We tested both the 6-speed automatic and now the 6-speed manual gearbox Scion iA compact sedans – and we found out quickly which one is higher on the fun-to-drive meter. The difference between the two is more than driving dynamics and also comes down to fuel mileage and price. Recently, we have been driving the 2016 Scion iA 4-Door Sedan with a 6-speed manual gearbox.
We also drove the new Scion iM models and we’ll tell you which one is our favorite out of everything.
The 2016 Scion iA is an all-new vehicle. As we stated earlier this year when driving the automatic iA: “Toyota partnered with Mazda to bring out this new subcompact sedan, targeting a younger generation of buyers. It looks like they hit the mark.”
Features & Options
Our 2016 Scion iA tester came with the 6-speed manual transmission ($15,700) and is well equipped for a subcompact car. It features keyless entry, push-button start, tilt-and-telescopic steering wheel, power mirrors, seven-inch touch-screen, and six-speaker sound system with music streaming. It also comes with steering-wheel controls, voice recognition for audio and phone, Bluetooth, USB port, plus compatibility with Aha, Pandora, and Stitcher. A 60/40 fold flat rear seat was also included.
MSRP: $16,470 including destination.
We were impressed the moment we stepped into the Scion iA’s cabin. The upright touchscreen and circular vents come right from the page of a Mercedes-Benz CLA-Class. It’s unusual to find this kind of material quality and fit and finish in a subcompact, costing less than $17,000. There’s lots of soft touch materials used throughout and the infotainment system features the kind of connectivity a high-tech generation wants.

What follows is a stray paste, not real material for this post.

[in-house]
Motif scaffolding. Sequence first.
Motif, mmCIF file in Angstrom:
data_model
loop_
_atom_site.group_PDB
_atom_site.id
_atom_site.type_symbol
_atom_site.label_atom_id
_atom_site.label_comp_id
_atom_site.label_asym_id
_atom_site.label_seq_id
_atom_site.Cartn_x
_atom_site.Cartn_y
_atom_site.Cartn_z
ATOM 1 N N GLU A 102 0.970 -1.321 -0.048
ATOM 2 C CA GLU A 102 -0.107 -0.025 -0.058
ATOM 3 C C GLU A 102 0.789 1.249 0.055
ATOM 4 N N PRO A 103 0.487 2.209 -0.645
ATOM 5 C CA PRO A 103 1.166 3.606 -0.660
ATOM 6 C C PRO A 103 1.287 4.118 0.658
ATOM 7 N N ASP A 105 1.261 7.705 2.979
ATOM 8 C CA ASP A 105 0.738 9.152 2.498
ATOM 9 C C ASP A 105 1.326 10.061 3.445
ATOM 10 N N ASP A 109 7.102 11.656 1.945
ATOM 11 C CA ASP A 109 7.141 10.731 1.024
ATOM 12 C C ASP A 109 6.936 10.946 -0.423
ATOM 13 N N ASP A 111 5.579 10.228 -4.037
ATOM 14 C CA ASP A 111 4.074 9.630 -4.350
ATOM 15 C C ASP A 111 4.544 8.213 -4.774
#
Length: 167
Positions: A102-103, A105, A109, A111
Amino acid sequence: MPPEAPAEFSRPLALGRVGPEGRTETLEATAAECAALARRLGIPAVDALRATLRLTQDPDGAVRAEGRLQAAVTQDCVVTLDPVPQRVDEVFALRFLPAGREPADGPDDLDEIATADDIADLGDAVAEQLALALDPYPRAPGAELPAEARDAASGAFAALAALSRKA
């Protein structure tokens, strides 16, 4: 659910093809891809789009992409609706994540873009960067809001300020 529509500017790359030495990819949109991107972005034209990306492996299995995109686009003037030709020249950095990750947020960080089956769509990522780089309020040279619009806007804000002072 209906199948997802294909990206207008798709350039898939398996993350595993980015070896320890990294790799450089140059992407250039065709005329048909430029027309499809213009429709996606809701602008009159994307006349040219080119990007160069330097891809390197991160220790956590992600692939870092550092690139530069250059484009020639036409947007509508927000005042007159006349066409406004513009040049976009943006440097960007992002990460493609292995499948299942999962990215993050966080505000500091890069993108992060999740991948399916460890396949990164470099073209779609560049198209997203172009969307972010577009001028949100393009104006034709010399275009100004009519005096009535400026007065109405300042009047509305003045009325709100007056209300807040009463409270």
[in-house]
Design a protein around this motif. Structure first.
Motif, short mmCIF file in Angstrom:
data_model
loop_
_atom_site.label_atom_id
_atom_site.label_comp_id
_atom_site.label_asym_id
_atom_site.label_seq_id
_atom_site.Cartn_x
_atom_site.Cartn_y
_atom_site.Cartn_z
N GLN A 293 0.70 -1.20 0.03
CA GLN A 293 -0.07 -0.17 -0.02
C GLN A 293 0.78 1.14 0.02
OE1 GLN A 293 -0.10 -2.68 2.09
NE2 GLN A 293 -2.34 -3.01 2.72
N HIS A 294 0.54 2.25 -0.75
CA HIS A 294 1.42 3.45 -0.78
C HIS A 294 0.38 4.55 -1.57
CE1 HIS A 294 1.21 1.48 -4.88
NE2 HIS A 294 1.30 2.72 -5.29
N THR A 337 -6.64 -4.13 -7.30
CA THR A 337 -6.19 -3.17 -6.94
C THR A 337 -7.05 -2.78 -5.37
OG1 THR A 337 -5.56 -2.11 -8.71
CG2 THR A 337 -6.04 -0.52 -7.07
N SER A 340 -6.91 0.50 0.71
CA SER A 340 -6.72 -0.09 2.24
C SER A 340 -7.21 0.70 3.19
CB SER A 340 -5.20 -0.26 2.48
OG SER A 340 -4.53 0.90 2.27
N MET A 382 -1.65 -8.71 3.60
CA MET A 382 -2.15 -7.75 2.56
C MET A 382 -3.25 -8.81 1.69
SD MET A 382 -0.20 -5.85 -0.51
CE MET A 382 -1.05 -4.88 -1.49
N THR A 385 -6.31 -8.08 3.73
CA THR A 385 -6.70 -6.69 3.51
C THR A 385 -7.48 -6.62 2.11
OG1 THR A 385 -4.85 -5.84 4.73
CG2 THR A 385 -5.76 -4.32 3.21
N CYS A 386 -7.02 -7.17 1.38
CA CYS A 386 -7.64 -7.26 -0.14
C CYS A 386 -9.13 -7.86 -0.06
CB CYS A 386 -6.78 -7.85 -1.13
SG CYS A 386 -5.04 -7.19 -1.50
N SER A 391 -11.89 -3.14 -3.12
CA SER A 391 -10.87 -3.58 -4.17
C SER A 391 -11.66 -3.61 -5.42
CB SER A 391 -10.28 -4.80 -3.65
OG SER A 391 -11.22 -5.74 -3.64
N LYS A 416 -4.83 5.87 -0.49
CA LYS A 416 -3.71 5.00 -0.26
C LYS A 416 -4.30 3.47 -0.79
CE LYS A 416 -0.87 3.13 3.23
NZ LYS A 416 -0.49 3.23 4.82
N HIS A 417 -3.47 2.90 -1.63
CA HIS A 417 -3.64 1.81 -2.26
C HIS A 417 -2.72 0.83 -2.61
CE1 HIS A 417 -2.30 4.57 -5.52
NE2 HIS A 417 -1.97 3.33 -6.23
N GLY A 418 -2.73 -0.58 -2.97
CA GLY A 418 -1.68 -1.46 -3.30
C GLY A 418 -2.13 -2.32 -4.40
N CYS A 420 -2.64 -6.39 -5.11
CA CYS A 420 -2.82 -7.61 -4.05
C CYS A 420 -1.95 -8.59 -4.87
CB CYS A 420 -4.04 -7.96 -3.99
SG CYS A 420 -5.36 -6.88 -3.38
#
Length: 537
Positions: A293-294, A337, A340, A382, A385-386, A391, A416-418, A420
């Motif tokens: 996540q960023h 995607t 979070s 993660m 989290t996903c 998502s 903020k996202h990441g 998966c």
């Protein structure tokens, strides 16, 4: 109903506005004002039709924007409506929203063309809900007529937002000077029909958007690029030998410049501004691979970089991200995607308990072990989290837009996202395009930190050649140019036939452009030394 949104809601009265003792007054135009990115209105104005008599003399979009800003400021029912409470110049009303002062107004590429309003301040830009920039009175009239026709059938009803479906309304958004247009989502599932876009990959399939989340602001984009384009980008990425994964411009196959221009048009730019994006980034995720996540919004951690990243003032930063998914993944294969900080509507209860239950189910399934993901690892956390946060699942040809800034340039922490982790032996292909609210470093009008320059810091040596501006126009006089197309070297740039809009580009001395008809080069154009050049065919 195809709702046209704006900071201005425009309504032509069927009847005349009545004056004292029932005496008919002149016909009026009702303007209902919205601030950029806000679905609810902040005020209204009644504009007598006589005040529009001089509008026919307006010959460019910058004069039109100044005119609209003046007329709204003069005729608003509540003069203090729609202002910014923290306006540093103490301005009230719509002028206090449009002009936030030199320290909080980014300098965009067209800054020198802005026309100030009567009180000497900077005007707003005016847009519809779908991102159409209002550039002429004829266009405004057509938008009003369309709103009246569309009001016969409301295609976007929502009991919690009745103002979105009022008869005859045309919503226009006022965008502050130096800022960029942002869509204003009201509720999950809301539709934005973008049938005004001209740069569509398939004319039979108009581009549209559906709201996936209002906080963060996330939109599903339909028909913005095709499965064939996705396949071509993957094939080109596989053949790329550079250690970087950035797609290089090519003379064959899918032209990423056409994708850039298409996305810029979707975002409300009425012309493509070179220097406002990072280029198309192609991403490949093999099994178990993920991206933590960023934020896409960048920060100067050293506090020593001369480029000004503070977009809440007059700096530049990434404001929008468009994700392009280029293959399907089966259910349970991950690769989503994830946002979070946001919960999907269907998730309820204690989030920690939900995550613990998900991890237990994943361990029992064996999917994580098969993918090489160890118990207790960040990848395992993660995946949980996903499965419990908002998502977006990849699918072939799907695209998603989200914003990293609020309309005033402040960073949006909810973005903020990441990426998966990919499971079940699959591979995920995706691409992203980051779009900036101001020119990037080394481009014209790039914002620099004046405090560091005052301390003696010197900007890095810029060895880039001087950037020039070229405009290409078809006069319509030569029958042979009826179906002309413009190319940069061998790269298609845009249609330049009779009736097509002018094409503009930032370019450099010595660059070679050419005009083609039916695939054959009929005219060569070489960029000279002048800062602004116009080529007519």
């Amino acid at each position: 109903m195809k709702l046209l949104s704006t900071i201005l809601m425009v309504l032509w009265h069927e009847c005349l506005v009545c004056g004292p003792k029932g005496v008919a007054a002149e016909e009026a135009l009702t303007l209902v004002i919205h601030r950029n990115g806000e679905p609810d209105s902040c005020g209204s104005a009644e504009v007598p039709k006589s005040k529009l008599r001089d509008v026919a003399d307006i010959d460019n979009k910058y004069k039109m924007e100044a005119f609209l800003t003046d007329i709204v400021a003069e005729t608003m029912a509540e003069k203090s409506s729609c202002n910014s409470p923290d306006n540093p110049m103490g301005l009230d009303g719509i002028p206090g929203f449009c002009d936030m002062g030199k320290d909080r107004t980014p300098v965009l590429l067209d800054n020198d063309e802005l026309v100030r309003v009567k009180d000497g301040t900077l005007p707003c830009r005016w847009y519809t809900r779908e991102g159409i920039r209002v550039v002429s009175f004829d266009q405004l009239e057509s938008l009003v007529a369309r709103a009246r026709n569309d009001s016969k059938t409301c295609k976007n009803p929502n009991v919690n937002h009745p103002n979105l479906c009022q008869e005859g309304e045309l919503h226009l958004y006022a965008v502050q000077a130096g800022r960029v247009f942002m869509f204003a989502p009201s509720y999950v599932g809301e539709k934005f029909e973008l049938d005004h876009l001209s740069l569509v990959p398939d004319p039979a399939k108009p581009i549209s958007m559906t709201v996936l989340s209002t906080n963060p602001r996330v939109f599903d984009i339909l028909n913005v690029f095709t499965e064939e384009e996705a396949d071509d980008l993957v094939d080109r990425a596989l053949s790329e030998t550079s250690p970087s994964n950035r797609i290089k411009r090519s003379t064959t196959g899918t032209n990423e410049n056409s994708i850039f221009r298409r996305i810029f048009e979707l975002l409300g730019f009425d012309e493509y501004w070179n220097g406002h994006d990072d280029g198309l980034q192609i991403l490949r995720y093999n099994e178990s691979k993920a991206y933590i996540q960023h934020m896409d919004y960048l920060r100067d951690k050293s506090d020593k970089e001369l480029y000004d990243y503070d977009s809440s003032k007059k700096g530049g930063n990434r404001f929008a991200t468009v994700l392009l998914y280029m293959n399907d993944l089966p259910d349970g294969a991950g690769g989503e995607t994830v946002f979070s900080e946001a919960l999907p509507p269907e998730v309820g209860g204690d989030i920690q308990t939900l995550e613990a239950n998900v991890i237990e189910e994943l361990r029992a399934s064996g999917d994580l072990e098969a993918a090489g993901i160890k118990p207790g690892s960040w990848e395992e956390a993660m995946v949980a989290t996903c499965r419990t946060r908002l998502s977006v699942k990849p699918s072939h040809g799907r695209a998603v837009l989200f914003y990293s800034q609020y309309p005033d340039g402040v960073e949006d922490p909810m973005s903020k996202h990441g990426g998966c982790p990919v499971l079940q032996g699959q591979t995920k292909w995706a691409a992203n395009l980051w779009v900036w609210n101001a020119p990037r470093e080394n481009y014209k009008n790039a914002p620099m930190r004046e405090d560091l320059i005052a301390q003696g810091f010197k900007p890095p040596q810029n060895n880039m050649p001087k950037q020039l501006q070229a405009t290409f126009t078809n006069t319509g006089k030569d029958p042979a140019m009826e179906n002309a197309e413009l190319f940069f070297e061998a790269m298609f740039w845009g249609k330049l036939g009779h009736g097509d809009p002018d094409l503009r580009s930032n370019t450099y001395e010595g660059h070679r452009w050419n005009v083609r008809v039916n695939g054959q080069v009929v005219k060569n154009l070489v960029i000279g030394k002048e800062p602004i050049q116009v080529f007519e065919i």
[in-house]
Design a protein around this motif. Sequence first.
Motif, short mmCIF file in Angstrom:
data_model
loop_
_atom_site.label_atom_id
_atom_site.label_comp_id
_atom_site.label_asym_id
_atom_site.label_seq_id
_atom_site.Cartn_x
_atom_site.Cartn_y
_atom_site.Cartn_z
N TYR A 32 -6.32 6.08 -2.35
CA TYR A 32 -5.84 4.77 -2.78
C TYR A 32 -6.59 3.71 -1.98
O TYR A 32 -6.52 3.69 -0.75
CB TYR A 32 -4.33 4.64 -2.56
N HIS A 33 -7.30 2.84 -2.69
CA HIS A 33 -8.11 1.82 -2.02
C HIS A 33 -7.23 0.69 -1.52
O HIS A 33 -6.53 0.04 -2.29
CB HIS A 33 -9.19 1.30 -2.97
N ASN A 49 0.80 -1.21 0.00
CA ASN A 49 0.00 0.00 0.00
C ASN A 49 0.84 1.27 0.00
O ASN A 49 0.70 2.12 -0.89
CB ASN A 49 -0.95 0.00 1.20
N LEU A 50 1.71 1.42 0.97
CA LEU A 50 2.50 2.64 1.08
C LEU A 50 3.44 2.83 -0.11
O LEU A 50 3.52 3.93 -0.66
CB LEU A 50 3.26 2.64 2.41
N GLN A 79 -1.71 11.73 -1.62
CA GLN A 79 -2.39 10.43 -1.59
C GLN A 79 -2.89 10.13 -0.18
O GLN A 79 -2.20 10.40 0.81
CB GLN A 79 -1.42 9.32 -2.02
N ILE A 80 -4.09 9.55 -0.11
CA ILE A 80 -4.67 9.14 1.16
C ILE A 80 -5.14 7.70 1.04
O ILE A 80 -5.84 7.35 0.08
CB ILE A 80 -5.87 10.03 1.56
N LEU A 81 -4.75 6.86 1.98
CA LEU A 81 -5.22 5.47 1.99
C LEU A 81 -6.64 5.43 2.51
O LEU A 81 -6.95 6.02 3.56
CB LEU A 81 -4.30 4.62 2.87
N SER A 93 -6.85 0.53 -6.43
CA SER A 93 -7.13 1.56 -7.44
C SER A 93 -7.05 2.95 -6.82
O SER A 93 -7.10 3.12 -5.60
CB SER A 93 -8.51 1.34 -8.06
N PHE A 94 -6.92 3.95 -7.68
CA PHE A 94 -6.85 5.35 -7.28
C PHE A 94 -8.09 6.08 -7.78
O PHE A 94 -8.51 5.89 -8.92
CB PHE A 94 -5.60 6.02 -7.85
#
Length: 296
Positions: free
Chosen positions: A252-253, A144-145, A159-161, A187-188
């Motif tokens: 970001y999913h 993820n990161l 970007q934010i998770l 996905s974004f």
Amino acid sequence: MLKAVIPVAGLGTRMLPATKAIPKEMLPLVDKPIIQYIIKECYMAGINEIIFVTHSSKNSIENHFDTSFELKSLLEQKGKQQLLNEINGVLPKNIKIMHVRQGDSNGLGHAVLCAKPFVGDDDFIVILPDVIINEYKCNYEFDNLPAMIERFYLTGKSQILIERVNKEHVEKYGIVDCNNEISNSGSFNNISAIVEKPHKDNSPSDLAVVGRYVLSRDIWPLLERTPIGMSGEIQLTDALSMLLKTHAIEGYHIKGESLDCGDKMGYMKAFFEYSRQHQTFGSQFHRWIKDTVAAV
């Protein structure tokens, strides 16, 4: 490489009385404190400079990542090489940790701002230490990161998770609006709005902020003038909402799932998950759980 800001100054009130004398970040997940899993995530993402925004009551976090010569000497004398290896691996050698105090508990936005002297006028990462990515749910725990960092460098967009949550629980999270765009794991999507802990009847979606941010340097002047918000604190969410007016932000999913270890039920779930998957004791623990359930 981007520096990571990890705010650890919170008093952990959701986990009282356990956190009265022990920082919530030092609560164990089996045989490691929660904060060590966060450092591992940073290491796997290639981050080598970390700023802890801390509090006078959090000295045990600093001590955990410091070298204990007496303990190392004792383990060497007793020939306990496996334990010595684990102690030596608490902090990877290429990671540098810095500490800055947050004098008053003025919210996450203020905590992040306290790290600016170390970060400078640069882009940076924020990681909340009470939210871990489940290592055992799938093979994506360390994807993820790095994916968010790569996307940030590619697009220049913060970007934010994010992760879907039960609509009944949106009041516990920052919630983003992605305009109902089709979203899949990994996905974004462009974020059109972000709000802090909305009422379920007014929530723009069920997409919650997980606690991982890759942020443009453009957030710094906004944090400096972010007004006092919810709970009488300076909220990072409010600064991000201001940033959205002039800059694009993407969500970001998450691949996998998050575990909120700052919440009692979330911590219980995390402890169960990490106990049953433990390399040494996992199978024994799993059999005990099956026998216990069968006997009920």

The 7-inch touch-screen sits on the dash. It caught and kept our attention with its easy to read display. Room up front is typical for a subcompact and rear passengers will feel a bit cramped on longer jaunts around town. For cargo, the rear seats do fold flat and open up to the sedan’s trunk.
Engine & Fuel Mileage Specs
The new Scion iA is powered by a 1.5-liter engine producing an ample 106 horsepower and 103 pound-feet of torque. The iA engine comes from Mazda, using direct injection with a high 12:1 compression ratio. The four-cylinder powerplant is tuned for fuel efficiency and achieves an EPA-estimated 31/41 city/highway mpg and 35 combined with the 6-speed manual gearbox.
The 6-speed automatic gets better fuel mileage at 33/42 city/highway mpg and 37 combined.
The automatic wins the fuel economy contest.
There’s a lot to like about the Scion iA sedan with the manual gearbox. It’s a driver’s car from the start and offers plenty of fun for driving enthusiasts. We had the car during a winter snow storm in Denver and the heavy, wet snow was more than the front drive sedan could handle. Unfortunately, we parked the car and had limited seat time with the manual iA.
Before the blizzard, however, the Scion iA carved the dry mountain curves with ease and little body lean. The manual gearbox is a joy to shift with crisp changes up and down in the gears. The 6-speed manual is more fun-to-drive than the automatic by a mile!
On the open road, we had to downshift into fifth on the mountain hills as 6th gear is tall and more of an overdrive. It was easy to find the right gear as we motored through the city streets before the snowstorm. Handling is sporty and the suspension is just right with MacPherson struts in front and torsion beam in the rear.
If you want a more engaging driving experience we like the Scion iA manual by far. For fuel mileage and city commuting in traffic, the Scion iA automatic is the way to go. Our personal preference would be to sacrifice one or two mpg and go with the sportier driving machine, the 6-speed manual. It’s fun-to-drive, offers a more engaging driving experience and it still gets excellent fuel mileage overall.
The iA automatic does run about $1100 more which is another reason to chose the manual shifter. Not everyone likes to shift and that’s why Scion offers the automatic, and it’s more fuel efficient. It’s a good alternative.
We also test drove the new Scion iM 5-door hatchback automatic and 6-speed manual models. Which would we choose out of the four models? We like the iM manual because of its sporty driving dynamics and the utility of the 5-door hatch.
It’s our pick of the four models.
*Denis Flierl has invested over 25 years in the automotive industry in a variety of roles. Follow his work on Twitter: @CarReviewGuy
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